mgpcpastor's blog

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The Story of Martin Luther (A Playmobil Animation)

This charming Playmobil animation by Go Chatter Videos tells the story of Martin Luther.
Watch is a primer for Reformation Sunday tomorrow.

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Ten Lasting Fruits of the Reformation (via Joel Beeke)

At Meet The Puritans Joel Beeke takes a stab at identifying ten enduring legacies which the Reformation reintroduced to the church:

From the post:

God sent forth the power of his Word in the Reformation of the sixteenth century. The Reformation served as a dynamic motivation and catalyst for change and progress wherever its influence reached. Many would credit Martin Luther as the driving engine that propelled the Reformation, but Luther said, “I did nothing; the Word did everything.” John Knox said, “God did so multiply our number that it appeared as if men had rained from the clouds.” How did the Reformation change the church and the world? Here are ten lasting fruits in which the Reformation made a significant difference.

And the ten fruits (go to the article to read Beeke’s explanations of each choice:

1. The Word of God
2. The Gospel of Grace
3. Experiential Piety
4. Old Paths
5. The Head of the Church
6. Christian Freedom
7. Vocations for the Common Good
8. Marriage and Child-rearing
9. Arts and Sciences
10. The True Worship of God

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Holiday Reading – Protestants The Radicals Who Made The Modern World by Alec Ryrie

Holiday reading is resuming after a hiatus.
Protestants – The Radicals Who Made The Modern World by Alec Ryrie is a sweeping 500 page historical survey that seeks to demonstrate that understanding the modern world is impossible without understanding the Protestant movement.
It also came highly recommended.

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Tomorrow Is Jenny Geddes Day 2017

Jenny Geddes Day doesn’t really exist, she wouldn’t have approved.
Jenny Geddes is the person who was reputed to have picked up the stool upon which she was sitting and hurling at the Dean of Edinburgh, who was reading from a prayer book based on Anglican liturgy during a worship service.
If someone turns up tomorrow with a stool, you’ve been warned.

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Forty Years On And A Question About Protective Investment Or Sacrificial Investment (via John Wilson)

John Wilson, current moderator-general of the Presbyterian Church of Australia remembers the time forty years ago when the Presbyterian Church of Australia continued after the departure of those who formed the Uniting Church.
It was a season in which the desire to continue had to be matched by a vision of what was worth the struggle of continuing.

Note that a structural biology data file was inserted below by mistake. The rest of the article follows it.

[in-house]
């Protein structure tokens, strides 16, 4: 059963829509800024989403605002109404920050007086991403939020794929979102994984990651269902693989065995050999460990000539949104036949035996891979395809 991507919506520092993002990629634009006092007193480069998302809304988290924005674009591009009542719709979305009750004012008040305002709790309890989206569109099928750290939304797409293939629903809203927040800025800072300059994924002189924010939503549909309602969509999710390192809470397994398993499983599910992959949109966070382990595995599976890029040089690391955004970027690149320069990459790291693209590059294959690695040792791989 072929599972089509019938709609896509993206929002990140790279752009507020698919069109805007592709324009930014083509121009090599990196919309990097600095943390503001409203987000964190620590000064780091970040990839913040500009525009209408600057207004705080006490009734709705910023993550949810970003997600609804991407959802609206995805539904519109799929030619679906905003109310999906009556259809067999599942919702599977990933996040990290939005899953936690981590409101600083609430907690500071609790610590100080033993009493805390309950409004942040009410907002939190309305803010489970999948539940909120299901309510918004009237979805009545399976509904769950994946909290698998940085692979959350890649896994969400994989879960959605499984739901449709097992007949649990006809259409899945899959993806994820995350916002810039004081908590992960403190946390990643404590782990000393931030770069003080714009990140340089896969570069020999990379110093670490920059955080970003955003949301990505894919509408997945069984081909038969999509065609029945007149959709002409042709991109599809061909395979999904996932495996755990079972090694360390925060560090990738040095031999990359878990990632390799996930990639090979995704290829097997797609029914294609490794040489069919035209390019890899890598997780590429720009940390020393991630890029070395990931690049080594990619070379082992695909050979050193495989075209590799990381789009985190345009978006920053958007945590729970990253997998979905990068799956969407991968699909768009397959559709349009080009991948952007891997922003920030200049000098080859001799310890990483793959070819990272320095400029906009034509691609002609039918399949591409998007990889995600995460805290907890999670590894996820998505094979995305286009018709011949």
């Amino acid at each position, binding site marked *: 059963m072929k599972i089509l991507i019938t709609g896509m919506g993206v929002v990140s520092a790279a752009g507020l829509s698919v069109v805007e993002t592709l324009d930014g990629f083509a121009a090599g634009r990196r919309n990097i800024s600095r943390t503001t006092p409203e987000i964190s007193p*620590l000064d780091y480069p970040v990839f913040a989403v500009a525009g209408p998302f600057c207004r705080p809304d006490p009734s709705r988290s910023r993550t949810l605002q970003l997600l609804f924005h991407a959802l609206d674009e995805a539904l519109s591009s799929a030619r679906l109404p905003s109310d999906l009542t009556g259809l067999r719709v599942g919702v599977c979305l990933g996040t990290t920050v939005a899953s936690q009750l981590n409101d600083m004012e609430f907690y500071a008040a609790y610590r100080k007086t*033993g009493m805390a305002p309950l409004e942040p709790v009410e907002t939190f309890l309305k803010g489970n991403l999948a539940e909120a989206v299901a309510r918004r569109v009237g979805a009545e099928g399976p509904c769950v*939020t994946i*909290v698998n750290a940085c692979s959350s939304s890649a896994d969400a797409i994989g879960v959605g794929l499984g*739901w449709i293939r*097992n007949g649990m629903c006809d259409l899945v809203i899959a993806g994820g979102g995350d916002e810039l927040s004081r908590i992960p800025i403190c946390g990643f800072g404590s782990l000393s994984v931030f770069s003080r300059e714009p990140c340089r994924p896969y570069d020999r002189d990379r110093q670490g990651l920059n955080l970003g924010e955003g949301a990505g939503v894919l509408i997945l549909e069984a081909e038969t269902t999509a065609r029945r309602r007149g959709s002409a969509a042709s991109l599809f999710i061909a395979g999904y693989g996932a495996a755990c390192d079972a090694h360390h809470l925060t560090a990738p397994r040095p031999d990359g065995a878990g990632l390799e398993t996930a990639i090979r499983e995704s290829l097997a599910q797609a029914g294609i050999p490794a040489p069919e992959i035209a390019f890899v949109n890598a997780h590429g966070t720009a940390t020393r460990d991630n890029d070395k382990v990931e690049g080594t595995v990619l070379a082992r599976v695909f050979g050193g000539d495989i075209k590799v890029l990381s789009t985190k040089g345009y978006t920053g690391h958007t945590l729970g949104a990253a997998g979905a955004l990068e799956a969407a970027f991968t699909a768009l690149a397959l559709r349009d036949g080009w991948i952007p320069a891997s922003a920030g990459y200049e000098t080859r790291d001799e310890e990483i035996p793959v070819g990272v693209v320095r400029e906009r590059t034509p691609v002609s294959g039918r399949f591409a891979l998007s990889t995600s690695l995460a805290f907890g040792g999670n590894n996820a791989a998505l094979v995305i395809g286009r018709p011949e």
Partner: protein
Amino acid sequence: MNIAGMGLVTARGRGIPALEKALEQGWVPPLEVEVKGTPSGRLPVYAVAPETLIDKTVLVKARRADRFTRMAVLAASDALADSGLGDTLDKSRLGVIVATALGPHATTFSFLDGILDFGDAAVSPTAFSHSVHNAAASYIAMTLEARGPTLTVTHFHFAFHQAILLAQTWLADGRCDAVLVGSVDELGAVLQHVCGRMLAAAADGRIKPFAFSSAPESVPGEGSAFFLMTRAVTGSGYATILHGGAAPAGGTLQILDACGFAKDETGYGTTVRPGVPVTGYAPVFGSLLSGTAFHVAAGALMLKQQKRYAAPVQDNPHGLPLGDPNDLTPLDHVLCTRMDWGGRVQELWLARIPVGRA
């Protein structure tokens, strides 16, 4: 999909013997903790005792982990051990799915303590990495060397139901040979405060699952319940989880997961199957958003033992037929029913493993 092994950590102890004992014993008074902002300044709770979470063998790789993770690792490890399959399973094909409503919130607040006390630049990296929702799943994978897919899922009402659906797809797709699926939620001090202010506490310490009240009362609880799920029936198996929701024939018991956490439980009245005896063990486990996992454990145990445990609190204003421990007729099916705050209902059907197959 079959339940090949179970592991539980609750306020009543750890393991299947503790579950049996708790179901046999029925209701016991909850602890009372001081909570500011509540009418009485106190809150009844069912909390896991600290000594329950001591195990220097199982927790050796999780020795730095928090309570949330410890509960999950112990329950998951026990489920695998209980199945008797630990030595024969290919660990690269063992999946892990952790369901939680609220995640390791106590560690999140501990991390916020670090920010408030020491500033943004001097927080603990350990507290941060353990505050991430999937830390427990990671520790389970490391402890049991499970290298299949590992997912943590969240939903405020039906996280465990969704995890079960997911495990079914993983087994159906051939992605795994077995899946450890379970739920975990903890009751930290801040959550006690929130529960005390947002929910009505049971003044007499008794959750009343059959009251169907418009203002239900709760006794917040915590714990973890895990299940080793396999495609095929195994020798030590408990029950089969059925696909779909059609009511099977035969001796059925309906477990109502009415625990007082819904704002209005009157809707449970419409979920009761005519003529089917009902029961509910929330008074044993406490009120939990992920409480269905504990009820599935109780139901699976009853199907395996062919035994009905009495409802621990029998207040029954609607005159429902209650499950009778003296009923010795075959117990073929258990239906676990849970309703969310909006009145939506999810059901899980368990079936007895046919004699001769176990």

After some history and some observations John includes six questions that are posed as challenges to a denomination that has no reasons to rest on its proverbial laurels.
Here’s the sixth and final challenge:

Notwithstanding our generous giving to support cross-cultural work here in Australia, world mission and relief of the poor, the PCA is not free from the love of money. Somewhere … between our personal wealth and congregational accounts and our denominational resources … we have enough wealth within PCA to securely fund 600 first-inducted ministers and then 600 assistants to the ministers and then to fund 600 church plants. (Spending time working alongside our colleagues and friends in India and Africa has shown me that). But we have our wealth tied up in seldom-used property, worldly investments, material comforts, insurance safety nets and superannuation nest eggs. We still have a holding mentality (holding reserves for a rainy day) instead of releasing funds for expansion, church planting, new works and different works for the kingdom (refreshing our memory of my point 2 above).

Question: Can we be content with less, for the advancement of the kingdom (1 Timothy 6:7)? Are we really free from the love of money (1 Timothy 6:10).

Read the whole post here.

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Welcome Doctor Martin

Martin Luther takes up residence in the Batcave annex at mgpc, just in time for the 500th anniversary of the Reformation.
I haven’t jumped ship though.
John Calvin bobble head still rules the roost.

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A Problem With Long Sermons

This anecdote was included in a blog post about the historical length of sermons during and after the reformation:

A rather unforeseen and unfortunate consequence of lengthy sermons (coupled with compulsory attendance at church) presented itself on the Isle of Skye in 1578. On a misty Sunday morning, members of the clan MacDonald ran their ships ashore in Ardmore Bay and walked up to the nearby church, where members of the clan MacLeod, long-time enemies of the MacDonalds, were worshiping. The lengthy sermon being received inside provided the MacDonalds ample time to bar the doors from the outside and set fire to the building. Only one individual survived the flames and managed to raise the alarm. The MacDonalds paid for their crime (which, to be fair, was itself retaliation for earlier injuries received) — not to mention their lack of foresight — when they returned to the bay and found their boats stranded on the beach by a receding tide and a mob of angry MacLeods approaching.

Read the whole post here.